Several urgent applications have been brought before the High Court in which it was essentially held that the lockdown constitutes uncharted territory and children should stay where they were at the time the lockdown commenced. This set the proverbial bar, which was formally reinforced on 30 March 2020 by Minister Zulu, who released further directions in terms of Regulation 10(5) made under Section 27(2) of the Act (“the 30 March Directive”), that movement of children between co-holders of parental responsibilities during the lockdown period is prohibited and that the child must remain in the care of the parent with whom the child was with, when lockdown period started.
Just as we thought the legal position was settled, on the 07 April 2020, Minister Zulu issued an amendment hereto in terms of Regulation 10(5) made under Section 27(2) of the Act (“the 07 April Directive”), which replaced directions 6(m)(i) and (ii) of the 30 March Directive as follows:
(i) Movement of children between co-holders of parental responsibilities and rights or a caregiver, as defined in section 1(1) of the Children’s Act No. 38 of 2005, during the lockdown period, is prohibited, except where arrangements are in place for a child to move from one parent to another, in terms of- (a) a court order; or (bb) where a parental responsibilities and rights agreement or parenting plan, registered with the family advocate, is in existence, provided that, in the household to which the child is to move, there is no person who is known to have come into contact with, or is reasonably suspected to have come into contact with, a person known to have contracted, or reasonably suspected to have contracted, COVID -19 (our emphasis); and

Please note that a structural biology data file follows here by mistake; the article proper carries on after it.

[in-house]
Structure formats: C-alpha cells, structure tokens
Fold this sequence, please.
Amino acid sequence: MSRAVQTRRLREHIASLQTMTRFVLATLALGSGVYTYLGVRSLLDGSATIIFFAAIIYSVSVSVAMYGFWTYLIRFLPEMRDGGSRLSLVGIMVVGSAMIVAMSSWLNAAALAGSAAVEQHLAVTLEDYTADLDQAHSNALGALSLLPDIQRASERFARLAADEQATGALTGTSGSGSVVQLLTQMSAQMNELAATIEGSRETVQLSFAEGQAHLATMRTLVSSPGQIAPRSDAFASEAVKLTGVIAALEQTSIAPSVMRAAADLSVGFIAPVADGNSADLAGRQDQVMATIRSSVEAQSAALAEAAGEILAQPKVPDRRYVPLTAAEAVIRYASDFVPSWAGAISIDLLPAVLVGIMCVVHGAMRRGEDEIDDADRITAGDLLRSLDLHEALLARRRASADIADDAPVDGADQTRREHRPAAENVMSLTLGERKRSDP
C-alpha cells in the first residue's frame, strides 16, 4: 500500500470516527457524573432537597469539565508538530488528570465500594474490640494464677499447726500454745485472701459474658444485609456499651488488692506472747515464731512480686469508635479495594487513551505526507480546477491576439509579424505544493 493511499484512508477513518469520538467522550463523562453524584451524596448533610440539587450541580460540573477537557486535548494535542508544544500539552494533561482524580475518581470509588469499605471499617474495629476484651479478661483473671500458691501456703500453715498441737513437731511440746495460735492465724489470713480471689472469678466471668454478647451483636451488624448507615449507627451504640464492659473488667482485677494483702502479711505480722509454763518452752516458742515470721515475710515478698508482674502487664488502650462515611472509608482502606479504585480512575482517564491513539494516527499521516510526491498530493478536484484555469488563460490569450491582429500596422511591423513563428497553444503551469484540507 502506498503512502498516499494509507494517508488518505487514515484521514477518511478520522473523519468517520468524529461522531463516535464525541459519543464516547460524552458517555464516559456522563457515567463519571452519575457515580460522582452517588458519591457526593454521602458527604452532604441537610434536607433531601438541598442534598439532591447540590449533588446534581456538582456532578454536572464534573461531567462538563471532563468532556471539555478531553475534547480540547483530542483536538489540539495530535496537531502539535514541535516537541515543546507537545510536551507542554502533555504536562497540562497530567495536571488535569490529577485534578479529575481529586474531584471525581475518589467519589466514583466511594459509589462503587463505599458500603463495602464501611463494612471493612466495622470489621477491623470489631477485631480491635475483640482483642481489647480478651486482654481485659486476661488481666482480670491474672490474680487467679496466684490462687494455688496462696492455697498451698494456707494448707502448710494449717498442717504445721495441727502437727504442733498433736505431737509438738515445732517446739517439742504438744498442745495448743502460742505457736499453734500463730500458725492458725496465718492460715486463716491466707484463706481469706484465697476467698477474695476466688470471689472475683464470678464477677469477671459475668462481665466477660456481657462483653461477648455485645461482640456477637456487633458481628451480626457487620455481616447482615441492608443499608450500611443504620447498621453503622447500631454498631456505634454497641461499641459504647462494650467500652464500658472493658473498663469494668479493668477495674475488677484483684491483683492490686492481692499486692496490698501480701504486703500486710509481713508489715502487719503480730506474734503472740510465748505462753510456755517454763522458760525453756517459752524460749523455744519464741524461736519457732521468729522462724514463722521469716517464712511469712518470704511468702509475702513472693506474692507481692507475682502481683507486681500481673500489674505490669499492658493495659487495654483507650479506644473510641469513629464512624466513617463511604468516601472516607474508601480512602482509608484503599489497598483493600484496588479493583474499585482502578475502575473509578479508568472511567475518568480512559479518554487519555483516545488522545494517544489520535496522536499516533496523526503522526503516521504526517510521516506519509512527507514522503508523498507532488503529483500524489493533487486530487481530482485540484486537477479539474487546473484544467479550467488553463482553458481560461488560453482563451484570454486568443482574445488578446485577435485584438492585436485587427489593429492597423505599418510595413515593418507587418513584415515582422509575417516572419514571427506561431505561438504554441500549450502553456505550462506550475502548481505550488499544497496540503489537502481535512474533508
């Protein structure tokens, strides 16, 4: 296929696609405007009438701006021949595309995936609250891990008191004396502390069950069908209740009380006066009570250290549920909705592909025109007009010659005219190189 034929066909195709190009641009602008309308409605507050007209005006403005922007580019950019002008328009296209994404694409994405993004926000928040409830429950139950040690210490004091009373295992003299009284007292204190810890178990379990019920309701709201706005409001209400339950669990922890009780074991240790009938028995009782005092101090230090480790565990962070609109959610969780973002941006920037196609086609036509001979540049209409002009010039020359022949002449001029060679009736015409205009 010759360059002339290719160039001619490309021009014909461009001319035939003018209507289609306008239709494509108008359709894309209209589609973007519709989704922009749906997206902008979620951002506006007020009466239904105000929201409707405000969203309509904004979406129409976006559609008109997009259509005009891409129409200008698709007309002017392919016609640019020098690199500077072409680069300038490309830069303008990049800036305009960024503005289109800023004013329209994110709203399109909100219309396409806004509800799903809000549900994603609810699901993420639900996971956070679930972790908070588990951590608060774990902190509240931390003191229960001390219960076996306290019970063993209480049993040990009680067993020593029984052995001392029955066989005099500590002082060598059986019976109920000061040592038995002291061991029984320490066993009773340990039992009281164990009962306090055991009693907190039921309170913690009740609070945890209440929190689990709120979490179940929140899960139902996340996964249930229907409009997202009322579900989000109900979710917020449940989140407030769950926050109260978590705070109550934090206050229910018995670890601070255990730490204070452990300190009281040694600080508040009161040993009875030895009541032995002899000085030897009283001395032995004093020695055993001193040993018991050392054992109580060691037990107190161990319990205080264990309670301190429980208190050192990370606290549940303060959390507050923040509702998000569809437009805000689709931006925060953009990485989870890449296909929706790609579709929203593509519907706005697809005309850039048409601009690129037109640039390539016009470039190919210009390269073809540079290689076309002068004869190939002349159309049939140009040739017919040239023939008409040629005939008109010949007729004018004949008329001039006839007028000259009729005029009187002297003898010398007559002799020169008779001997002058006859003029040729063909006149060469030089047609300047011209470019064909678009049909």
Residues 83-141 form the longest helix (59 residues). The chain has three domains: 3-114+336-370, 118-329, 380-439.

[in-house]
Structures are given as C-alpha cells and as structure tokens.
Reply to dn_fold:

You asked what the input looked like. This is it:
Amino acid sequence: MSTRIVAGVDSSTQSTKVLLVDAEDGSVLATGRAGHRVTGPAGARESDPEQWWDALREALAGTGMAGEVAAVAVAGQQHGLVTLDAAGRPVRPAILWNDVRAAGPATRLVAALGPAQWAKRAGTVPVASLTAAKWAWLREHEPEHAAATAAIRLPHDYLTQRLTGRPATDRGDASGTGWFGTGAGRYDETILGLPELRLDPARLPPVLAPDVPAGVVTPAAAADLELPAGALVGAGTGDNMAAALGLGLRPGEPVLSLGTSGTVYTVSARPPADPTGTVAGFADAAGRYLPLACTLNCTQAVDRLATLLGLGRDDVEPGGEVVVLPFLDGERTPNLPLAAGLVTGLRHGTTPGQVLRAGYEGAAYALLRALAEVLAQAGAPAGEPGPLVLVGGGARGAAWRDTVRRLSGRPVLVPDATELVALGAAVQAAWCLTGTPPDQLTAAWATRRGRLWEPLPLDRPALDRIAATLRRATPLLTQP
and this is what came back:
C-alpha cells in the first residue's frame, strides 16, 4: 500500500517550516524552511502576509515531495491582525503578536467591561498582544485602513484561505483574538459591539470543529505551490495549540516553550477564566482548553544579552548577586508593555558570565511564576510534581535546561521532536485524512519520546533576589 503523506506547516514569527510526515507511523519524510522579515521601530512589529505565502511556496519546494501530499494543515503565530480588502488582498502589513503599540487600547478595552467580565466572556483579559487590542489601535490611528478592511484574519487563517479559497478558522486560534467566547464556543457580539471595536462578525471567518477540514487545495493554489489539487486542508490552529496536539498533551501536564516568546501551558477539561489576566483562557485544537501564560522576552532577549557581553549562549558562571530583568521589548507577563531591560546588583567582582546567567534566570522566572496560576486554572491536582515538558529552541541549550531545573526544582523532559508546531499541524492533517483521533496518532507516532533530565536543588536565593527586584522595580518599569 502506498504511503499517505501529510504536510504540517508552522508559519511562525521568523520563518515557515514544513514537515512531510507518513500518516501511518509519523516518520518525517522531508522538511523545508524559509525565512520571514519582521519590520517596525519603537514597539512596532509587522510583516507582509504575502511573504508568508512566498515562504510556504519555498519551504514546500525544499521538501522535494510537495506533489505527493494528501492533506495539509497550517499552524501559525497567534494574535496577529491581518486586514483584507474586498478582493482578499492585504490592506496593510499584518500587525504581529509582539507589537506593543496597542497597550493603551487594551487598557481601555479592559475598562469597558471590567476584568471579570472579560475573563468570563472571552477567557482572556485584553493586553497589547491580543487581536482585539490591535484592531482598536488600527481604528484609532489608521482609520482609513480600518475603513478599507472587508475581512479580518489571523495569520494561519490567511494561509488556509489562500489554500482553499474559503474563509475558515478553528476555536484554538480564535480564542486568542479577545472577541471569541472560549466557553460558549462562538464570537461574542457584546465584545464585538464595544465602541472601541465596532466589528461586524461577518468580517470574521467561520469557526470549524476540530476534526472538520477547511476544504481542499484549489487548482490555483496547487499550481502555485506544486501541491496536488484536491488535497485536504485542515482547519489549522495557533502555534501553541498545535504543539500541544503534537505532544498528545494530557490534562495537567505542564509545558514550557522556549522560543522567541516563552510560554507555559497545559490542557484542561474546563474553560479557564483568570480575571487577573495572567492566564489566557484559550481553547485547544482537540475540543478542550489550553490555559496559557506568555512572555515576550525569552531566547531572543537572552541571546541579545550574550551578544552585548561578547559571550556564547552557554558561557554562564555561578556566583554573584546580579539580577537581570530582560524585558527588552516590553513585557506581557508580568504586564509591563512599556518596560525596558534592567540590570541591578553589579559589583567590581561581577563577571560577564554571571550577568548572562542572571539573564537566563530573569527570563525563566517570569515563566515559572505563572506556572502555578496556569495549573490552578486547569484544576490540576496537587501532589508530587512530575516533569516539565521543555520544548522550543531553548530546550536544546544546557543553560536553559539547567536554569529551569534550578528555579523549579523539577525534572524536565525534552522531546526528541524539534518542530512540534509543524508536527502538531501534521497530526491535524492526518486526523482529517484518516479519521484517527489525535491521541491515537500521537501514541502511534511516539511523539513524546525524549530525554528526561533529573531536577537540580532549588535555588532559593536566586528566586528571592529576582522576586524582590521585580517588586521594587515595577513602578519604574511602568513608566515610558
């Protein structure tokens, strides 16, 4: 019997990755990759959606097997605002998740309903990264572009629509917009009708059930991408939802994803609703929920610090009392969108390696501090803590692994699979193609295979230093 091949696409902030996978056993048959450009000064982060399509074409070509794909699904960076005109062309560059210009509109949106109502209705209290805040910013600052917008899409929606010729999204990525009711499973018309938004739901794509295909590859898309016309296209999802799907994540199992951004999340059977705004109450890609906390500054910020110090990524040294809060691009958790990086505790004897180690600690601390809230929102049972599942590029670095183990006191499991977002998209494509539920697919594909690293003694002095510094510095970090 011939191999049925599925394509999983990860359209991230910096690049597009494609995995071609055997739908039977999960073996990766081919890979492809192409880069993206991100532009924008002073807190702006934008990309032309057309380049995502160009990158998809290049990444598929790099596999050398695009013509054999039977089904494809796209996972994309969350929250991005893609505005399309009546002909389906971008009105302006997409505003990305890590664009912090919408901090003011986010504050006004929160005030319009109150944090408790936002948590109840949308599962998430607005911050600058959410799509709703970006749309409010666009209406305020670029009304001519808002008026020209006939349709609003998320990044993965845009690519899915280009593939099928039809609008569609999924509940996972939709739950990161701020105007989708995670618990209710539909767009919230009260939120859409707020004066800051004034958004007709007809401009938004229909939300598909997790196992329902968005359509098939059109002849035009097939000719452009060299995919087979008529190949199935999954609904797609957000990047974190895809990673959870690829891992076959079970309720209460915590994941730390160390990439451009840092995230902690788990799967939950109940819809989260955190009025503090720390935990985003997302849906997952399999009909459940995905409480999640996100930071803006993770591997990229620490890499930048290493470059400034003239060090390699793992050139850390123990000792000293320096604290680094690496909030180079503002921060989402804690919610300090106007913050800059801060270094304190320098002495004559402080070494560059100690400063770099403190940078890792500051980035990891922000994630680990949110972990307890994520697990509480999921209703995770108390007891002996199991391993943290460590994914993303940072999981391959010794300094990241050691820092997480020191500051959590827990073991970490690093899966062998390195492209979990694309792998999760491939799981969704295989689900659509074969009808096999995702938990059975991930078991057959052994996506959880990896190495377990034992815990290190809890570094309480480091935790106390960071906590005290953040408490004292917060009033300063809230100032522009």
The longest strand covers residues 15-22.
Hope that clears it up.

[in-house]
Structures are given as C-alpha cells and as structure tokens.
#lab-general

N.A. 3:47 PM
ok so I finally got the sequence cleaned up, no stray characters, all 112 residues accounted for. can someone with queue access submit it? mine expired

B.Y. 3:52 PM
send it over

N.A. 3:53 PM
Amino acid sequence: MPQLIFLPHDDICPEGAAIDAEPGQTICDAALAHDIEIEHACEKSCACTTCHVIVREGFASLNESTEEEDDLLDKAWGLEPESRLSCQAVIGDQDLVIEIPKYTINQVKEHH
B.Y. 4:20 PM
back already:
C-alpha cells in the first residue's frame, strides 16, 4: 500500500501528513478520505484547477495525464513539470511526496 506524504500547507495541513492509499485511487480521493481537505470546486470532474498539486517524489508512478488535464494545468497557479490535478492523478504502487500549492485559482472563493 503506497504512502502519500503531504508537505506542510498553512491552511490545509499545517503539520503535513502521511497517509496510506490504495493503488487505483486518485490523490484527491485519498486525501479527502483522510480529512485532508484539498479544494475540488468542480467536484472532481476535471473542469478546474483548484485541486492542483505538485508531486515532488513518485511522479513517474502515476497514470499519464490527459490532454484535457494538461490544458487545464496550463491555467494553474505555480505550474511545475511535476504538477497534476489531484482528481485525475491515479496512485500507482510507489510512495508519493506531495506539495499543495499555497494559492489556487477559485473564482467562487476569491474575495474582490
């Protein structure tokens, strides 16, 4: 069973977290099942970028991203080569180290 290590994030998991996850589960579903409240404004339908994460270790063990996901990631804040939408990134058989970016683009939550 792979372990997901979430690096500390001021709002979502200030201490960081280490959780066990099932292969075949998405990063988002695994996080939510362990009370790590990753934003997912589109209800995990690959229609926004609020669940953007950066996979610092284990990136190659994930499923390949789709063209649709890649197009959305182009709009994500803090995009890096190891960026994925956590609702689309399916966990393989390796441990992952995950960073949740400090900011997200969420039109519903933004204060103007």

(ii) The parent or caregiver transporting the child concerned must have in his or her possession, the court order or agreement referred to in sub items (aa) and (bb), respectively, or a certified copy thereof.
THE CURRENT LEGAL POSITION
Parents are permitted to handover children in terms of court orders or where a parenting plan has been registered with the Office of the Family Advocate.
To the extent that contact arrangements have not been formally adopted as envisaged by the 07 April Directive, parents will have to rely on 6(m)(iii) and (iv) of the 30 March Directive, which states that:
(iii) “in order to maintain a personal relationship with the child, communicate on a regular basis with the child in any other manner, including telephone or any other form of electronic communication which may also include skype, WhatsApp or video call (our emphasis);
(iv) Co-holders of parental responsibilities and rights must communicate with their child or children including communicating what COVID-19 is and the temporary precautionary measures that are applied to contain the spread of COVID-19.”